“We have a psychologist that does all our preoperative evaluations; that is a part of the program, and certainly there is support, psychologically speaking, afterwards, if it is required. We have a dietician attached to us only, that is responsible for preoperative education and postoperative, ongoing education and support. Certainly, we utilize all the other resources that AtlantiCare brings to bear, including our primary care docs, our specialty care docs like cardiology and pulmonology, both for preoperative evaluation of patients and postoperative follow-up. Our life center provides an excellent opportunity to get the exercise piece in, which will be important in maintaining weight loss—with the help of bariatric surgery—and avoid significant weight regain,” Onopchenko said.
According to Onopchenko, candidates for bariatric surgery are those with a BMI of 40 or greater, or those with a BMI of 35 to 39.9 with any of the aforementioned comorbidities.
“Once you reach those milestones in BMI, this is the only effective treatment out there. To get into our program, it’s very easy. You go on the AtlantiCare website and click onto the Center for Surgical Weight Loss and Wellness, and there’s a webinar there. All three of our surgeons, myself included, are featured in their own webinars, discussing the state of morbid obesity and what needs to be done in terms of preparation for surgery, the surgeries themselves and the lifelong aftercare that is necessary,” Onopchenko said.
The next step, Onopchenko said, is to go to the center for a complete medical history and physical by one of their surgeons. Then, patients will by guided step-by-step as they go through the preoperative evaluation process to the day of surgery.
“The operations that we offer are sleeve gastrectomy, gastric bypass and duodenal switch. For sleeve gastrectomy, usually it’s a 23-hour stay. For bypass and switch, it’s usually a 48-hour stay. Recovery from all three of them is usually about two weeks, in terms of returning to work and returning to normal activity. The most important part is the lifelong follow-up in the office for support, reinforcement of the education that you got preoperatively and to make sure that these are positive changes in your life and no complications from the operations have occurred,” Onopchenko said.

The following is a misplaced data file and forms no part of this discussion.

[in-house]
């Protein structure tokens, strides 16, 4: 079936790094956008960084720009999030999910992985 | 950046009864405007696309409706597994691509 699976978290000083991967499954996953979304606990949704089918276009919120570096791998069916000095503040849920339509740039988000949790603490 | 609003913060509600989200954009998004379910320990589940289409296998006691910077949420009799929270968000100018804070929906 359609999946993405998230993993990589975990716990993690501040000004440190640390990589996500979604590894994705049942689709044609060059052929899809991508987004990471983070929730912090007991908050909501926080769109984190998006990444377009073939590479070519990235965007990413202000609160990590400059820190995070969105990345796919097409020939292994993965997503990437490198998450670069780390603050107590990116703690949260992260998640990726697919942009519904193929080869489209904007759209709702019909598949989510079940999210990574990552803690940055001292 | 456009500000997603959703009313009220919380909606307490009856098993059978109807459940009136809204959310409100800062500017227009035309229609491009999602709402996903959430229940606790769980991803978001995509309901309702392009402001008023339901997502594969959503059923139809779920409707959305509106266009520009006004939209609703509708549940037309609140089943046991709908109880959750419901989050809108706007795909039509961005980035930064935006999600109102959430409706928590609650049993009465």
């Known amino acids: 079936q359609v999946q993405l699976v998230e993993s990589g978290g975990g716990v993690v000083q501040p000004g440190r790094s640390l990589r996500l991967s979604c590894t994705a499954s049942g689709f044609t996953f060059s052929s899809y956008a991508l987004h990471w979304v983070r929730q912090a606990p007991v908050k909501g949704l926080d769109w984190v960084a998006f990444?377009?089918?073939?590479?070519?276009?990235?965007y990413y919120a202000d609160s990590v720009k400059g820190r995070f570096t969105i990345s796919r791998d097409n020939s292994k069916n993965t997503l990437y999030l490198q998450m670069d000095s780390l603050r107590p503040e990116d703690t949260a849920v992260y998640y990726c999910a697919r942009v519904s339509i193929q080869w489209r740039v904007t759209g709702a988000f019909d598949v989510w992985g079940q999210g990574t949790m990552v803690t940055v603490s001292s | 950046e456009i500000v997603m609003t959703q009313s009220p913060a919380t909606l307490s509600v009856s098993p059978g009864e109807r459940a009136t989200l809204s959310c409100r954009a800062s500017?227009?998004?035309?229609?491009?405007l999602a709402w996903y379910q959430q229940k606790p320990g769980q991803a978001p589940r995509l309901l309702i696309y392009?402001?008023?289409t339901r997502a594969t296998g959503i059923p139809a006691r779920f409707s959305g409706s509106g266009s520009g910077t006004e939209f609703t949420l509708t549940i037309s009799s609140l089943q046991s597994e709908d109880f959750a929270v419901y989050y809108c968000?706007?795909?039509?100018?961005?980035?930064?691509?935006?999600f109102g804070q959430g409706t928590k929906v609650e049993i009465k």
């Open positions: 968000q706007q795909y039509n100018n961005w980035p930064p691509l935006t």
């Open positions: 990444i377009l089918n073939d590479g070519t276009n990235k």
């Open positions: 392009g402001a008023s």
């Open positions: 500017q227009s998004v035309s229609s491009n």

Determining the proper procedure for each patient, Onopchenko said, is the “holy grail of bariatric surgery.”
“Unfortunately, there is no software yet available so that I can put in all the patient data and it spouts out the answer. In general, the most popular operation right now is the sleeve gastrectomy. It’s a very ubiquitous operation that is applicable to a wide range of patients, but, again, there may be other factors, and that’s why it’s so important to sit down with the surgeon after you get all the information on the webinar to decide which operation is best for you ... The differences are discussed in the webinar. The patients need to have a baseline amount of knowledge before they come to the surgeon’s office. Certainly, the surgeons discuss with the patients the advantages and disadvantages of each operation, in terms of the patient’s own profile in order to get to the right answer,” Onopchenko said.
There is no right or wrong answer when it comes to choosing the procedure, Onopchenko said, but he was also quick to caution that there is “really no operation that someone can’t out-eat.”
“They all work, and they all can fail. It’s more important to identify what the patient has to do with the help of the operation in order to change their lifestyle, change their eating habits, change their exercise habits that, without the operation, it’s impossible to do, but they still need to make those changes, even with the operation, to be successful,” Onopchenko said.
Onopchenko also noted that changes in diet need to be lasting and lifelong, not quick fixes.